Despite all of this, there were a few decent things in 2004 that made the otherwise miserable year worth living. As much as we hate them, what new year would be complete without a list of the favorite things from the previous one?
I watched a lot of movies in 2004.1 I have no idea which were the best, but when I try to think of my favorites, nothing comes close 2 to Eternal Sunshine of the Spotless Mind. It had everything that I could ask for in a piece of cinema: innovative storytelling, arresting visuals, stellar acting, all in service of a fantastic and heartbreaking story. I regret that I saw it only once.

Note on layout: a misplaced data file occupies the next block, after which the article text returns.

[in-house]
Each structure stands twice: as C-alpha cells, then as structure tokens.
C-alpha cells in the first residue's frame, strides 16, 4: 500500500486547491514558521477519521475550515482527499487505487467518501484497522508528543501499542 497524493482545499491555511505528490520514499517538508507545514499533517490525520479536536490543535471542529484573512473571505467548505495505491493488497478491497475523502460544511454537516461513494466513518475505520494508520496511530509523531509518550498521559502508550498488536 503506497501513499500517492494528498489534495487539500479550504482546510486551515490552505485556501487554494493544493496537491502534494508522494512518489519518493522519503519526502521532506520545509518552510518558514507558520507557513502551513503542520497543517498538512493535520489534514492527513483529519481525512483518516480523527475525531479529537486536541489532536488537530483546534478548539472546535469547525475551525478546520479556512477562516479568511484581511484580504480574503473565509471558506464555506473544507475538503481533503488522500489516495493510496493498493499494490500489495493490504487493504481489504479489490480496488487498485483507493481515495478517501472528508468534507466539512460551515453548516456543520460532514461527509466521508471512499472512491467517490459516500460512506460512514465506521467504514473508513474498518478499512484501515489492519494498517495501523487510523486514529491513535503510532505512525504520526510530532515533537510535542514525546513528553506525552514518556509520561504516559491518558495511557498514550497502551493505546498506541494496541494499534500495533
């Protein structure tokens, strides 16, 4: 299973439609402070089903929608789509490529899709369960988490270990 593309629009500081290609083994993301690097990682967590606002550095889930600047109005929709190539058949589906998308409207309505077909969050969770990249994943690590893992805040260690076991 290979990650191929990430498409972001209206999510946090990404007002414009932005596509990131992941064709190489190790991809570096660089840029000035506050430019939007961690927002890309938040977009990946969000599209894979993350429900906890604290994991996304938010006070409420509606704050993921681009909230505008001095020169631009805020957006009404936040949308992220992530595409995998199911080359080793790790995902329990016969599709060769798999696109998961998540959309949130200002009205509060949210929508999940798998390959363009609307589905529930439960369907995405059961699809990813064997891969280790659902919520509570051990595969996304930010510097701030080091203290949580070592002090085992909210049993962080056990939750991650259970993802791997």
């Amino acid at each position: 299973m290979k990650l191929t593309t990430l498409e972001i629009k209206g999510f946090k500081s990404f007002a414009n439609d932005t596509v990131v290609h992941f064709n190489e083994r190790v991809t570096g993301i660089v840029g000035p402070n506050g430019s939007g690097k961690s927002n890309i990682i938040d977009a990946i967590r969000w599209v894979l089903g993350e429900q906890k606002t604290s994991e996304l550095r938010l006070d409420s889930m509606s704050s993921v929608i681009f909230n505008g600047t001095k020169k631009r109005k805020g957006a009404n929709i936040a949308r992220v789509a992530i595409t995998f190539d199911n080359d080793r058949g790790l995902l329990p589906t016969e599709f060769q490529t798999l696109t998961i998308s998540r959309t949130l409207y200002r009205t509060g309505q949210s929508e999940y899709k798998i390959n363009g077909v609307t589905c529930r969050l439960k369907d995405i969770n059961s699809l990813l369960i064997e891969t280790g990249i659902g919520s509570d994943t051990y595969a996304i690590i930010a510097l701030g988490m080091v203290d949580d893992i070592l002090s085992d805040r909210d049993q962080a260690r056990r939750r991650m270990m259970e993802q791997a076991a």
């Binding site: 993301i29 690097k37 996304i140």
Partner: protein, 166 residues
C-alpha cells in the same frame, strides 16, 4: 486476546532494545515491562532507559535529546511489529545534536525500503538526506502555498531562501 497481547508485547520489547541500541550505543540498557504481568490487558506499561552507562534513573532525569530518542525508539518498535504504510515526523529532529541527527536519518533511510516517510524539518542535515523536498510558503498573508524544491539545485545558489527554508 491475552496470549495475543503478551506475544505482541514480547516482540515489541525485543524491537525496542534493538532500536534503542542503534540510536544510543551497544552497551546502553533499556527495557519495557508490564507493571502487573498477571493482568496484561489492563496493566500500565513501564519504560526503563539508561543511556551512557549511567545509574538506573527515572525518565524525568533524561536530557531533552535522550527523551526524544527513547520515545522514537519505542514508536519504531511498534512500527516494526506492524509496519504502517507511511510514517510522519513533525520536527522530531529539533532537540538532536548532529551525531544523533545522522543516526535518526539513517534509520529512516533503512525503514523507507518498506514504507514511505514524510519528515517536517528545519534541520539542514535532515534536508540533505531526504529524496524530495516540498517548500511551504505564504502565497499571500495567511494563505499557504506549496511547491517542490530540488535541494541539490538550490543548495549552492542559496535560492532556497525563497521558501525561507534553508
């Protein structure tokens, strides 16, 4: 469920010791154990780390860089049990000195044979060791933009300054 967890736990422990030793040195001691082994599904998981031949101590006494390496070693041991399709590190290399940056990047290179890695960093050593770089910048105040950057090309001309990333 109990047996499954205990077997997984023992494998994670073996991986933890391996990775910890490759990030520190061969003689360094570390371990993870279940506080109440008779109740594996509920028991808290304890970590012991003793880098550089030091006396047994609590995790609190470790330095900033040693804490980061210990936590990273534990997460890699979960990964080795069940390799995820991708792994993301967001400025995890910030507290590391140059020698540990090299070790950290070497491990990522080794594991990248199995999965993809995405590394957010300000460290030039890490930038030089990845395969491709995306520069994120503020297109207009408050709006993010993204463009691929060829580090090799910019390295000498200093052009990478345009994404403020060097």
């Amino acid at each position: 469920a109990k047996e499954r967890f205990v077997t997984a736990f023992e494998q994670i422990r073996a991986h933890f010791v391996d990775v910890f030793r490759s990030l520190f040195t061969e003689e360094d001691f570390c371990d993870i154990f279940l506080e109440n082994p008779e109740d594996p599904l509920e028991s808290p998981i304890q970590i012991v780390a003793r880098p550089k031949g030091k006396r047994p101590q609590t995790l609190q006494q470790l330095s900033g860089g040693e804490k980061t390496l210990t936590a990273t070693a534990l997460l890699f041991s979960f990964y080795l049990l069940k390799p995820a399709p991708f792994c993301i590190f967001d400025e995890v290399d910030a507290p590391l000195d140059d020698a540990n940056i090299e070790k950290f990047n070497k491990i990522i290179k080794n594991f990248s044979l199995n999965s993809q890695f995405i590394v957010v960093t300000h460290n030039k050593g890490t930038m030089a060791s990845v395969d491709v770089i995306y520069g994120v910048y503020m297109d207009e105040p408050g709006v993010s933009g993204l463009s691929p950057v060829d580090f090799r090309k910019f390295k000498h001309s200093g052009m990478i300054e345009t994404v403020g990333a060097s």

Others that come to mind include Harry Potter and the Prisoner of Azkaban which I loved pretty much without reservation and even saw twice; In America, a 2003 movie that I didn't see until 2004 that falls into the categories of movies with landmines that I liked anyway; Saved!, which wasn't the movie that I wanted it to be, but I can forgive some warm-fuzzies in exchange for the brilliant first twenty minutes; Off the Map, a surprisingly beautiful story about New Mexico, depression, and art; Before Sunset another example of 2004 as the year of the successful (and better) sequel that says something great about getting older; the Life Aquatic with Steve Zissou which I loved simply because it felt like an xmas present from Wes Anderson; I ♥ Huckabees, even though I'm afraid to see it again to find that I don't like it as much as I think I did. I saw most of these months ago, maybe after a few weeks I'll decide whether A Very Long Engagement or the Aviator should be on my list (I'm leaning more toward the former than the latter).3